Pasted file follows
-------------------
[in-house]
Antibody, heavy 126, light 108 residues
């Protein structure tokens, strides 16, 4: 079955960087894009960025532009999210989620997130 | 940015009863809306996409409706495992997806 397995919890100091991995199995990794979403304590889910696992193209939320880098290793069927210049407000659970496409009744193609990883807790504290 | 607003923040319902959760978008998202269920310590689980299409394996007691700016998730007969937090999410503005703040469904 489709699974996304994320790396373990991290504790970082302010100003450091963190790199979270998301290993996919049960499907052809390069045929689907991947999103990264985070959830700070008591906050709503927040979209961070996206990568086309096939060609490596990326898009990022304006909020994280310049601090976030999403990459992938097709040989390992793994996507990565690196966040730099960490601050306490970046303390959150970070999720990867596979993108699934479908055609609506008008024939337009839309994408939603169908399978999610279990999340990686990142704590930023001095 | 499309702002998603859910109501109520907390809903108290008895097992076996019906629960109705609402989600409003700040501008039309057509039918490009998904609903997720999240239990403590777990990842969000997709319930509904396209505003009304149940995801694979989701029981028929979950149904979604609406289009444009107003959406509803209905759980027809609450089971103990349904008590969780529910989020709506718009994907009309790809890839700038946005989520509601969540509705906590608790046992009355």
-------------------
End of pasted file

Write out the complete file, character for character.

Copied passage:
[in-house]
Antibody, heavy 126, light 108 residues
């Protein structure tokens, strides 16, 4: 079955960087894009960025532009999210989620997130 | 940015009863809306996409409706495992997806 397995919890100091991995199995990794979403304590889910696992193209939320880098290793069927210049407000659970496409009744193609990883807790504290 | 607003923040319902959760978008998202269920310590689980299409394996007691700016998730007969937090999410503005703040469904 489709699974996304994320790396373990991290504790970082302010100003450091963190790199979270998301290993996919049960499907052809390069045929689907991947999103990264985070959830700070008591906050709503927040979209961070996206990568086309096939060609490596990326898009990022304006909020994280310049601090976030999403990459992938097709040989390992793994996507990565690196966040730099960490601050306490970046303390959150970070999720990867596979993108699934479908055609609506008008024939337009839309994408939603169908399978999610279990999340990686990142704590930023001095 | 499309702002998603859910109501109520907390809903108290008895097992076996019906629960109705609402989600409003700040501008039309057509039918490009998904609903997720999240239990403590777990990842969000997709319930509904396209505003009304149940995801694979989701029981028929979950149904979604609406289009444009107003959406509803209905759980027809609450089971103990349904008590969780529910989020709506718009994907009309790809890839700038946005989520509601969540509705906590608790046992009355």